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Under the hood is a 3.2-liter turbodiesel six. It’s making 201 HP and 369 lb-ft torque. That’s fewer ponies than the equivalent gas V6, but a ton more torque. As a result, the diesel boogies to 60 mph in 7.1 seconds, 0.3 seconds faster than the gas version. The diesel’s lead continues as it can go from 30 mph to 50 mph in 3.5 seconds (the gas engine does it in 3.8 seconds) and it’ll go from 50 mph to 70 mph in 4.8 seconds (5.4 for the gasser). Oh, and the diesel will do it all while scoring 37 mpg on the highway, compared to the 27 mpg highway found with the gas V6. Car and Driver even found the diesel to be quieter than the gas version.

For a wild twist, this car is only 45 state legal due to the lack of urea injection. It does not meet emissions requirements for California, New York, Maine, Massachusetts, and Vermont. If you live outside of those areas, this 2005 example is $2,999 from a seller in Columbus, Ohio with 279,000 miles.

1938 Chrysler Royal Business Coupe – $26,000

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Hemmings Seller

Chrysler’s Royal nameplate dates back to the early 1930s, when the name denoted a top sedan trim level. It became its own eight-cylinder engine-powered model in 1933 before getting replaced in 1934 by the revolutionary Airflow. Royal would return in 1937, but this time it would be a six-cylinder car replacing the Chrysler Six. The Royal boasted a shorter chassis and modern design for the era. Royal features included integrated windscreen defroster vents, padding on the back of the front seat, a rubber-insulated body, and a rubber-insulated steering wheel. In 1938, Chrysler sold the Royal for $1,010, or $21,742 today.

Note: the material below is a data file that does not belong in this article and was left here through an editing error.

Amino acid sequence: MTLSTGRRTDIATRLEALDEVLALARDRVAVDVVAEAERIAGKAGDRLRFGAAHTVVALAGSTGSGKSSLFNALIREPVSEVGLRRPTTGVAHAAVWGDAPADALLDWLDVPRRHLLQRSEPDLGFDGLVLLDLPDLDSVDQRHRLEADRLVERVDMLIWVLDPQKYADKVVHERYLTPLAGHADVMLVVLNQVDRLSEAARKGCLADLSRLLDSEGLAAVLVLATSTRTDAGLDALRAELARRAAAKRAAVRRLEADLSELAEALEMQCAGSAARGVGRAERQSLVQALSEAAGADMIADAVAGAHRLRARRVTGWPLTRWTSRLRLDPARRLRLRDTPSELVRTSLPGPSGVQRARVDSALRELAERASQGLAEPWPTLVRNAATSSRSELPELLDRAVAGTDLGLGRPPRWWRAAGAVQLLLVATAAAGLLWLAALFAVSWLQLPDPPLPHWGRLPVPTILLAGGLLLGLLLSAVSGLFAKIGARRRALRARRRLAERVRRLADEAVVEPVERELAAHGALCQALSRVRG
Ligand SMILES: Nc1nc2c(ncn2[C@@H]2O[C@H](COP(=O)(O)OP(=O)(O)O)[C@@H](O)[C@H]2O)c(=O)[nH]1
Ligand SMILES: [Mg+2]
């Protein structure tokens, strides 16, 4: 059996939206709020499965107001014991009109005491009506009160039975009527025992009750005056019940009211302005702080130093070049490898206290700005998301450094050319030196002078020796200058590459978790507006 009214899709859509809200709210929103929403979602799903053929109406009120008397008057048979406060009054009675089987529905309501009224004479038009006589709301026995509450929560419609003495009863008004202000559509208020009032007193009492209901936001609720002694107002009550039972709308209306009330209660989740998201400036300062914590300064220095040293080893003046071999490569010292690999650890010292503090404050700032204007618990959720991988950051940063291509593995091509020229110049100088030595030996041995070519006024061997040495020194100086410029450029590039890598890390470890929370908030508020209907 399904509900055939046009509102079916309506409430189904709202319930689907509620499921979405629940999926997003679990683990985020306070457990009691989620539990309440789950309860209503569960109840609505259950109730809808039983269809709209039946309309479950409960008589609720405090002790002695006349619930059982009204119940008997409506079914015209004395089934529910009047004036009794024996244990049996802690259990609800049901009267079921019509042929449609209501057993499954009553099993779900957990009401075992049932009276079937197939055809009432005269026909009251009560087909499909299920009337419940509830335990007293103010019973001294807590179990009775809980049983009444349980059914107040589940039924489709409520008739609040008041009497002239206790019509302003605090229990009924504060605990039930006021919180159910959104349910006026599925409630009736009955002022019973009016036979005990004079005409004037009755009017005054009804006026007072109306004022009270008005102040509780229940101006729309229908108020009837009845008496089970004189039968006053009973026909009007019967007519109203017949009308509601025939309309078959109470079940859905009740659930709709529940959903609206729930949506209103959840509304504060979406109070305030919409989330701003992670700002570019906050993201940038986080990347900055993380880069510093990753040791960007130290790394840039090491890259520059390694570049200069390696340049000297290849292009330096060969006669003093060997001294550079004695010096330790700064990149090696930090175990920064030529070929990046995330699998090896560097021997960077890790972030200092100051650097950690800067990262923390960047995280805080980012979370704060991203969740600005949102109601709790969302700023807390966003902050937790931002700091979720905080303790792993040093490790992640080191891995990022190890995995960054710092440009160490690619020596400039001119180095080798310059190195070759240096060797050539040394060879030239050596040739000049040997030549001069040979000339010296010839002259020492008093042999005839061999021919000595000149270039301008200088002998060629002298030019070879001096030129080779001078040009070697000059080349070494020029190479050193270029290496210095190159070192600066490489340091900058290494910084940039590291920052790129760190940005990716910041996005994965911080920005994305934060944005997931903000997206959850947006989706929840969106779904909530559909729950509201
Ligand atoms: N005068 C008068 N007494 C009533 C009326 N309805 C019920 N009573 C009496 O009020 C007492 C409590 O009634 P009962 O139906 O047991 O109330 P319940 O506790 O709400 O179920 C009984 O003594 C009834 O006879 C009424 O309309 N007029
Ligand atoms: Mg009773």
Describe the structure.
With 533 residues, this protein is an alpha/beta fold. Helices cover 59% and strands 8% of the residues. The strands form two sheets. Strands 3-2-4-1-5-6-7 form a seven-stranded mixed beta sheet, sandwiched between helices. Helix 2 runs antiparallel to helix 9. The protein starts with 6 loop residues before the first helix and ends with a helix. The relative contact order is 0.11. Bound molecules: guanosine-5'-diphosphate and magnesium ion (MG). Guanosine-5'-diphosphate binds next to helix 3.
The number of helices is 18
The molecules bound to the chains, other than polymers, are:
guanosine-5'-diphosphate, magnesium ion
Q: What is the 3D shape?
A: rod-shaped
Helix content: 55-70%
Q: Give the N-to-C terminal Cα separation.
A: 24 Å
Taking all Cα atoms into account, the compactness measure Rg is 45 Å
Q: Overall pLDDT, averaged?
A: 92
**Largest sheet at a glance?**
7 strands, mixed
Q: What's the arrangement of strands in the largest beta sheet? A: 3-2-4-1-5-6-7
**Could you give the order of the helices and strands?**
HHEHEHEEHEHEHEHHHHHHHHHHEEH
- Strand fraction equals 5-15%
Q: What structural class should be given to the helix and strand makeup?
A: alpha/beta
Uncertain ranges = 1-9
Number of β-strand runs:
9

This 1938 Chrysler Royal Business Coupe has spent most of its life in Oregon and one of its previous owners kept the car from 1973 until 2016. The seller reports that the vehicle was restored back in the 2000s. The restoration appears to be holding up, save for some paint bubbling. Power comes from a 228.1 cubic inch Gold Seal engine rated at 95 HP backed by a three-speed manual. It’s $26,000 from the seller in Salem, Oregon with 66,000 miles.

1997 Grinnall Scorpion-III – $16,800

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Facebook Seller

Have you ever wanted a car-like trike but find the Polaris Slingshot too garish and the retro style of a Vanderhall isn’t for you? Check out this little guy. Grinnall isn’t a known name here in America, but it is over in the UK. I’ll let the company explain:

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In 1991, in search of a radical but affordable high-performance vehicle, Mark Grinnall combined his passion for motorcycling and his skills as an engineer to produce an innovative three-wheeler, which unlike any of its illustrious ancestors, would be high-tech, mid-engined and rear wheel driven. This was to be the first in a family of unique, niche-market sporting vehicles. The Scorpion-III made its debut in 1992 when it was featured prominently in CAR magazine. Interest in the S-III exploded in the mid 90’s, with the breathtaking featherweight being featured in dozens of magazines worldwide.

The S-III is still in production over 25 years after its launch. This is testimony of the design aesthetic and quality build. Evolved and refined over the years, the latest S-III features the state-of-the-art BMW 1300cc 4-cylinder motor from the K1300S motorbike. With 185bhp, wider track, billet uprights, stiffened rear suspension and many other new features, this machine is lots of fun and very rapid. With 460bhp per tonne this little cycle car is guaranteed to surprise Ferrari drivers, and can still return over 50 miles per gallon.